As LGBTQ movements in Western Europe and North America are becoming increasingly successful at awarding LGBTQ people rights, especially institutional recognition for same-sex couples and their families, what becomes of the deeper social transformation that these movements initially aimed to achieve? The United States is in many ways a paradigmatic model for LGBTQ movements in other countries. This book focuses on the transformations of the United States' LGBTQ movement since the 1980s, highlighting the relationship between its institutionalization and the disappearance of sexuality from its most visible claims, so that its growing visibility and legitimation since the 1990s have not led to an increase in militancy. The book examines the issue from the bottom up, identifying the links between the varying importance of sexuality as a movement theme and actors' mobilization, and enhances the import of subjectivity in militancy. It draws attention to cultural, sometimes infrapolitical, forms of militancy that perpetuate the role of sexuality in LGBTQ militancy.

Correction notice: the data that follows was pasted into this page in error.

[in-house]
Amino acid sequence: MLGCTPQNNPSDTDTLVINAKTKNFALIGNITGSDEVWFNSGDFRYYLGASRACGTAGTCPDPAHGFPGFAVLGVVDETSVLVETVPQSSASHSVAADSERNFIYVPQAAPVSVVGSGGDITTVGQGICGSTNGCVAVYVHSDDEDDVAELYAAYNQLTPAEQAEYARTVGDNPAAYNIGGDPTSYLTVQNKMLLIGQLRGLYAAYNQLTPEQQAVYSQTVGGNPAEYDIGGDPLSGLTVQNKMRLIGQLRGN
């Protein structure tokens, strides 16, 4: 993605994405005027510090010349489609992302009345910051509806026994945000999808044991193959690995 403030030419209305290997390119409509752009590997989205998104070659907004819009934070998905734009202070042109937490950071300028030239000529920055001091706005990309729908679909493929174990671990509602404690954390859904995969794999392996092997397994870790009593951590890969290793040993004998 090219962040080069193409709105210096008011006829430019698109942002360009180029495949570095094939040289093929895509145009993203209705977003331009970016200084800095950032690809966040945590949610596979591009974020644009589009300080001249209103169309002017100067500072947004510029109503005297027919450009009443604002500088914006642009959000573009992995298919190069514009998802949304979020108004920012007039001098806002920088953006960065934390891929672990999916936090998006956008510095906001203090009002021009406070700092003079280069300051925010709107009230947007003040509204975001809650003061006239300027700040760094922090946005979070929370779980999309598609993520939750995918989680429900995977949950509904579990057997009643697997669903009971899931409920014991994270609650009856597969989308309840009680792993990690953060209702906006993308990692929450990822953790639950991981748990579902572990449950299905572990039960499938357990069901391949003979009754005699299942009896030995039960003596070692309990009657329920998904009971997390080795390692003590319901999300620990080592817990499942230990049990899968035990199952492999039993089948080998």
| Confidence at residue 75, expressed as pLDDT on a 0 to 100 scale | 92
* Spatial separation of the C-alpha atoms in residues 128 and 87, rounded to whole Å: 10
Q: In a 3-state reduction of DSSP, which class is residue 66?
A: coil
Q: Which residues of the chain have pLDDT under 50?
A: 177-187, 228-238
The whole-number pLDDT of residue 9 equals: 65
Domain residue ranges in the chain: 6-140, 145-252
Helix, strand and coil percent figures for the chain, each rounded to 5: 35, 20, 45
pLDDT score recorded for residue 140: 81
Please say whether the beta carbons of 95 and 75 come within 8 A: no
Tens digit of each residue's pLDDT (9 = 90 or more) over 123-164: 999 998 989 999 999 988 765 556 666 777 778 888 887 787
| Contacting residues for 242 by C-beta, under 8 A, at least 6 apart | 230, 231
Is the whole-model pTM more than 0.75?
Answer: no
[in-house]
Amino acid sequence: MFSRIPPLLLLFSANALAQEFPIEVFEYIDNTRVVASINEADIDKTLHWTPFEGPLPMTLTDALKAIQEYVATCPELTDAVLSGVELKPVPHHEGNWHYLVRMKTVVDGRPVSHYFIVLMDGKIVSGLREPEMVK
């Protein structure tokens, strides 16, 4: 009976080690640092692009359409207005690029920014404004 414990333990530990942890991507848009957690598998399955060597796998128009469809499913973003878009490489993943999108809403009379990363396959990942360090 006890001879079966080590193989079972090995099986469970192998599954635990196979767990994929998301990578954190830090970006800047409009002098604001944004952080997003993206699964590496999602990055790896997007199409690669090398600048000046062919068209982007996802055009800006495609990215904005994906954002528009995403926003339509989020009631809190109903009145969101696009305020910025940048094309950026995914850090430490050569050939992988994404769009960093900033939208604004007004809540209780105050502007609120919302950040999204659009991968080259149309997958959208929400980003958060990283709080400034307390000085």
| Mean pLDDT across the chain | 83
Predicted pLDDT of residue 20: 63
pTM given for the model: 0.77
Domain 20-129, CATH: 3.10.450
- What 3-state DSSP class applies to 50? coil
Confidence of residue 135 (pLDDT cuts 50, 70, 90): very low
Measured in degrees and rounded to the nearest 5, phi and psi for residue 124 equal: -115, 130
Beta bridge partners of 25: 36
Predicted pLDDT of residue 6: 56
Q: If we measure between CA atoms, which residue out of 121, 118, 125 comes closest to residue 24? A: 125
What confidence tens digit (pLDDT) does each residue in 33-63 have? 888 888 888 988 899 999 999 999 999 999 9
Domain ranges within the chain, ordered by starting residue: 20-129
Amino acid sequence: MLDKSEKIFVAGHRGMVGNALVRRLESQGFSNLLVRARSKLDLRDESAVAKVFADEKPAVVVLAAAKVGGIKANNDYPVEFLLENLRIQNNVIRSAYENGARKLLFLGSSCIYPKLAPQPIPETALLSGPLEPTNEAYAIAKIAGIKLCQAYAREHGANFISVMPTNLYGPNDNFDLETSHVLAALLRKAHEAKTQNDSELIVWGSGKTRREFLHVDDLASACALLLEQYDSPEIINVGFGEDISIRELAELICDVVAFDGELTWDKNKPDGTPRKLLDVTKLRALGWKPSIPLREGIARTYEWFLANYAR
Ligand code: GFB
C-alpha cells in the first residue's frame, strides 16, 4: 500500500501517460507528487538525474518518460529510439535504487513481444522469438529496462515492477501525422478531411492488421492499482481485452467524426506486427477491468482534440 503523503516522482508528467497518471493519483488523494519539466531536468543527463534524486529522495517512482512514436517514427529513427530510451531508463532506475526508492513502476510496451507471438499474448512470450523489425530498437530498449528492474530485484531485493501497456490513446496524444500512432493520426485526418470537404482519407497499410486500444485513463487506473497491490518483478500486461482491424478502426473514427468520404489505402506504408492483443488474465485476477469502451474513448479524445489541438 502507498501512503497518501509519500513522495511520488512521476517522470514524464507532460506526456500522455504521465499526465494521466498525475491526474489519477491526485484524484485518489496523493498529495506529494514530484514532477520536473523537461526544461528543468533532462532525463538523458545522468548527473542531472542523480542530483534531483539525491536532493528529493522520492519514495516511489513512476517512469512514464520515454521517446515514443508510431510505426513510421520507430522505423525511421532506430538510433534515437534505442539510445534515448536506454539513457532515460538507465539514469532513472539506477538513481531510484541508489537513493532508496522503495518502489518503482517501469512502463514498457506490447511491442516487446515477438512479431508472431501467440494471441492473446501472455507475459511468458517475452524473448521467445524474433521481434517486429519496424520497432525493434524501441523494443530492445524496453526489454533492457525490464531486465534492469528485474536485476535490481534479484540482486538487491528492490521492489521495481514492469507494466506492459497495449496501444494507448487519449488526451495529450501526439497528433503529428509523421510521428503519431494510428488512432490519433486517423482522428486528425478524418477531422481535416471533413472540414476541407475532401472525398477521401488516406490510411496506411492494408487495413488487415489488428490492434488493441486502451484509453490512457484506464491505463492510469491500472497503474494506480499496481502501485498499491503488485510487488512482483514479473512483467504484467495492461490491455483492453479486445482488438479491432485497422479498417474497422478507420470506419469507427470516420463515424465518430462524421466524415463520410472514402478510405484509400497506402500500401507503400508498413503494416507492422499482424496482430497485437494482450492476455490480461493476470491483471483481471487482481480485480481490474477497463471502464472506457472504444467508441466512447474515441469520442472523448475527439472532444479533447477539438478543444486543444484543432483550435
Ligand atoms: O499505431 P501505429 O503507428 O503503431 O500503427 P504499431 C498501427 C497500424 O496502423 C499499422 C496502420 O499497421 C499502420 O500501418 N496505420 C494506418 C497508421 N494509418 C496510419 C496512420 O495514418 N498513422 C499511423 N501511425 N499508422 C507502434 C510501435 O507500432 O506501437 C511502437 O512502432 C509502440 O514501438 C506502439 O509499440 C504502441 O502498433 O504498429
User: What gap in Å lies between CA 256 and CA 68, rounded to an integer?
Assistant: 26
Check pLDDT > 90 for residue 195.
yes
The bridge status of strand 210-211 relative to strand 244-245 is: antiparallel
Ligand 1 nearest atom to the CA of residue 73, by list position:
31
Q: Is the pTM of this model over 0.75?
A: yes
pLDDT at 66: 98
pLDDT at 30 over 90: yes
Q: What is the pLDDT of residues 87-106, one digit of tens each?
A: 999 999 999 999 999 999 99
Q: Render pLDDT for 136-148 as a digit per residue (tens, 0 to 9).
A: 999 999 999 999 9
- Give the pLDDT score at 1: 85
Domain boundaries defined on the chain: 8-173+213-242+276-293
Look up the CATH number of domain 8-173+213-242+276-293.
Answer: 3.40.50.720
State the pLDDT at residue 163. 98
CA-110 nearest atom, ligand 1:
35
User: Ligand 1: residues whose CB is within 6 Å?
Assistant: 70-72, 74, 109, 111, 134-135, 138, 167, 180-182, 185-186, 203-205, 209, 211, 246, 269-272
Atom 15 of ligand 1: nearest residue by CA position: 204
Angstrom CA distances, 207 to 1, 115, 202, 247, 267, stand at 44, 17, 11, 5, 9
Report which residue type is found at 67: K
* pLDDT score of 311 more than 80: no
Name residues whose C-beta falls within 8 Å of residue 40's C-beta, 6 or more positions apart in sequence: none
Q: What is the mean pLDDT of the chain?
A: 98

Guillaume Marche is a Professor of American society, politics, and culture at Université Paris-Est Créteil (France) specializing in contemporary social movements in the US. His publications deal with the LGBT movement, sexuality, subjectivity, and collective mobilization. His current work also addresses the use of biography in social science, and infrapolitical forms of intervention in public spaces in San Francisco.